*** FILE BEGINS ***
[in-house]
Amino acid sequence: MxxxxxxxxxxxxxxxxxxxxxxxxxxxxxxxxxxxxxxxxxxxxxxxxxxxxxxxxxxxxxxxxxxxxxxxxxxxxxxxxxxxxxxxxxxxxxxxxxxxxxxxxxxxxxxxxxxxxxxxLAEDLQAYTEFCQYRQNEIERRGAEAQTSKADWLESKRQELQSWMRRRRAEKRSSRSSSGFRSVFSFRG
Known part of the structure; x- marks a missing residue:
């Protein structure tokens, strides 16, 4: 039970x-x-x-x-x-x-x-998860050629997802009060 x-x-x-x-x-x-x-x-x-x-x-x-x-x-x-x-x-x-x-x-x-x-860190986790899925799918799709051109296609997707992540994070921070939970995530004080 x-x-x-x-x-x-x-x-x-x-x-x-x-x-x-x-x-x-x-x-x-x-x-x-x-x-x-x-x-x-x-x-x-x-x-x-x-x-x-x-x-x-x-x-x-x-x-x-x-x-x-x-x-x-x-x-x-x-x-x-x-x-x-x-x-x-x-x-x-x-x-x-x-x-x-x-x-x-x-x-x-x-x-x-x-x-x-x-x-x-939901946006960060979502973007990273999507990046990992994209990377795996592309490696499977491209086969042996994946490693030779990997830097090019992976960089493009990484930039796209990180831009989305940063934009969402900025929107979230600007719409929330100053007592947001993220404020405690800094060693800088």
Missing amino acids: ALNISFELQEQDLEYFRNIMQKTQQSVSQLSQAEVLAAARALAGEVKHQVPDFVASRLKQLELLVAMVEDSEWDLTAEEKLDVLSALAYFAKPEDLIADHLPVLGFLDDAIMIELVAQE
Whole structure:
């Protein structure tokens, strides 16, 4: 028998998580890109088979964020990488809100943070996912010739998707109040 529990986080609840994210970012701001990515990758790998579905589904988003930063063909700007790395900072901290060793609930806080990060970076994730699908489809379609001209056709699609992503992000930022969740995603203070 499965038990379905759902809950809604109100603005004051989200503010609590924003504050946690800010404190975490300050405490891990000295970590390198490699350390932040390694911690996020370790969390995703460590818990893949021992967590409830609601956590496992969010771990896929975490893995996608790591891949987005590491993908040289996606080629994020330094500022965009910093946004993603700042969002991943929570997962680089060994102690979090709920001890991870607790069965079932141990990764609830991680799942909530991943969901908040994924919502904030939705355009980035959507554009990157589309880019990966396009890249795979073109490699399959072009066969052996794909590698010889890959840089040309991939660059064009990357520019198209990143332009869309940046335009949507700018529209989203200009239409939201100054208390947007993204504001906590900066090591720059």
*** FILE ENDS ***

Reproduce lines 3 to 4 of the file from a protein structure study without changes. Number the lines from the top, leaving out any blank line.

Known part of the structure; x- marks a missing residue:
């Protein structure tokens, strides 16, 4: 039970x-x-x-x-x-x-x-998860050629997802009060 x-x-x-x-x-x-x-x-x-x-x-x-x-x-x-x-x-x-x-x-x-x-860190986790899925799918799709051109296609997707992540994070921070939970995530004080 x-x-x-x-x-x-x-x-x-x-x-x-x-x-x-x-x-x-x-x-x-x-x-x-x-x-x-x-x-x-x-x-x-x-x-x-x-x-x-x-x-x-x-x-x-x-x-x-x-x-x-x-x-x-x-x-x-x-x-x-x-x-x-x-x-x-x-x-x-x-x-x-x-x-x-x-x-x-x-x-x-x-x-x-x-x-x-x-x-x-939901946006960060979502973007990273999507990046990992994209990377795996592309490696499977491209086969042996994946490693030779990997830097090019992976960089493009990484930039796209990180831009989305940063934009969402900025929107979230600007719409929330100053007592947001993220404020405690800094060693800088």